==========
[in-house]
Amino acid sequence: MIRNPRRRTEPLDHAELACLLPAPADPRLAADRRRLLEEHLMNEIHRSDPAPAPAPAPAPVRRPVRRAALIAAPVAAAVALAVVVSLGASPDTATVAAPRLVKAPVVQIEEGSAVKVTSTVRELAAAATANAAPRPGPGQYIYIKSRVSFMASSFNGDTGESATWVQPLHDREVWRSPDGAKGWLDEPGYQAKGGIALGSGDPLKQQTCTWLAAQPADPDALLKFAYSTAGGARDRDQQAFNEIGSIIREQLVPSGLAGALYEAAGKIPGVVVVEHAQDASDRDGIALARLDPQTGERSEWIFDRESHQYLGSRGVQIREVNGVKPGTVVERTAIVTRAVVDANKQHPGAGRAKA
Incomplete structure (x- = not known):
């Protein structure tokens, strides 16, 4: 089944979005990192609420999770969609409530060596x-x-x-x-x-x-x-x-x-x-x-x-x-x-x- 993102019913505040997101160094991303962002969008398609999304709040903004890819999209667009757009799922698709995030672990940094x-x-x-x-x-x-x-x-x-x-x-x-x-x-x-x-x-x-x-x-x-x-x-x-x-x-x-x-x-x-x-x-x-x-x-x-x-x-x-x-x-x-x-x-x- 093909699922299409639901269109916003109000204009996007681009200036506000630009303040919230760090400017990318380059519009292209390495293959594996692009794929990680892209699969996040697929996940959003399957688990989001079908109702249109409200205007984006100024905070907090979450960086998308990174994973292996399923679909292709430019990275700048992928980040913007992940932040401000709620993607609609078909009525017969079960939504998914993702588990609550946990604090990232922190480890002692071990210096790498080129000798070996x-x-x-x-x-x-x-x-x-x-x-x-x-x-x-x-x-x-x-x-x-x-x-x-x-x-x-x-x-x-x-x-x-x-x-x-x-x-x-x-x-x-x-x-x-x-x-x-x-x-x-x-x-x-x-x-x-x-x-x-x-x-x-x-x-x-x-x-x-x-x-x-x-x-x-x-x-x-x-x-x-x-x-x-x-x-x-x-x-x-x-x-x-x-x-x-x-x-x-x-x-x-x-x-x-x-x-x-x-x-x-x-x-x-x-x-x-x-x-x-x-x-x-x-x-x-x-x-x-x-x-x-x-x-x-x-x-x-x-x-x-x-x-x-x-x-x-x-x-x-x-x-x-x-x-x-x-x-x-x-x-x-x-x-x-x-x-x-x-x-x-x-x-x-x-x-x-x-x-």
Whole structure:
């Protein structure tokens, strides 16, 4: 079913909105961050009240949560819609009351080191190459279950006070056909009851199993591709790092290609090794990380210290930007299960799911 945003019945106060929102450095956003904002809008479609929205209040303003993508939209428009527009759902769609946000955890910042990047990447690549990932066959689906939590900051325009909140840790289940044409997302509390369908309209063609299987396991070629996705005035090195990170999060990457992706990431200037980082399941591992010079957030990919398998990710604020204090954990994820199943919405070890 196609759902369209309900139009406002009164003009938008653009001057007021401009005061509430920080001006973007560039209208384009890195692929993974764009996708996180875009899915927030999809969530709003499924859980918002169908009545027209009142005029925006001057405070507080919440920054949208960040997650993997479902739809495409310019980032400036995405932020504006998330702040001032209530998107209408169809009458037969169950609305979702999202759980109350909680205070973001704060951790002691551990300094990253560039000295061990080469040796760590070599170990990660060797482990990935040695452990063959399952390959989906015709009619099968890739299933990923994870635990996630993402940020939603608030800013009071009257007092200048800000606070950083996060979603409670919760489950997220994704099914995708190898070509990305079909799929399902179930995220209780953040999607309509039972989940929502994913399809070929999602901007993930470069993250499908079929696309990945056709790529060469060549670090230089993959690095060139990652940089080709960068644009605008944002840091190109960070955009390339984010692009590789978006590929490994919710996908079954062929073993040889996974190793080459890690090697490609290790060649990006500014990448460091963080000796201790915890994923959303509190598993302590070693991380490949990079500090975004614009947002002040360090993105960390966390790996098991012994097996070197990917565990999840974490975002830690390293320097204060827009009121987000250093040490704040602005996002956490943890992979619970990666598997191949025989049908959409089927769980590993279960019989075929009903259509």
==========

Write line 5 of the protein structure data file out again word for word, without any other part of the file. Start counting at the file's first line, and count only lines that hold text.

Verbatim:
Whole structure: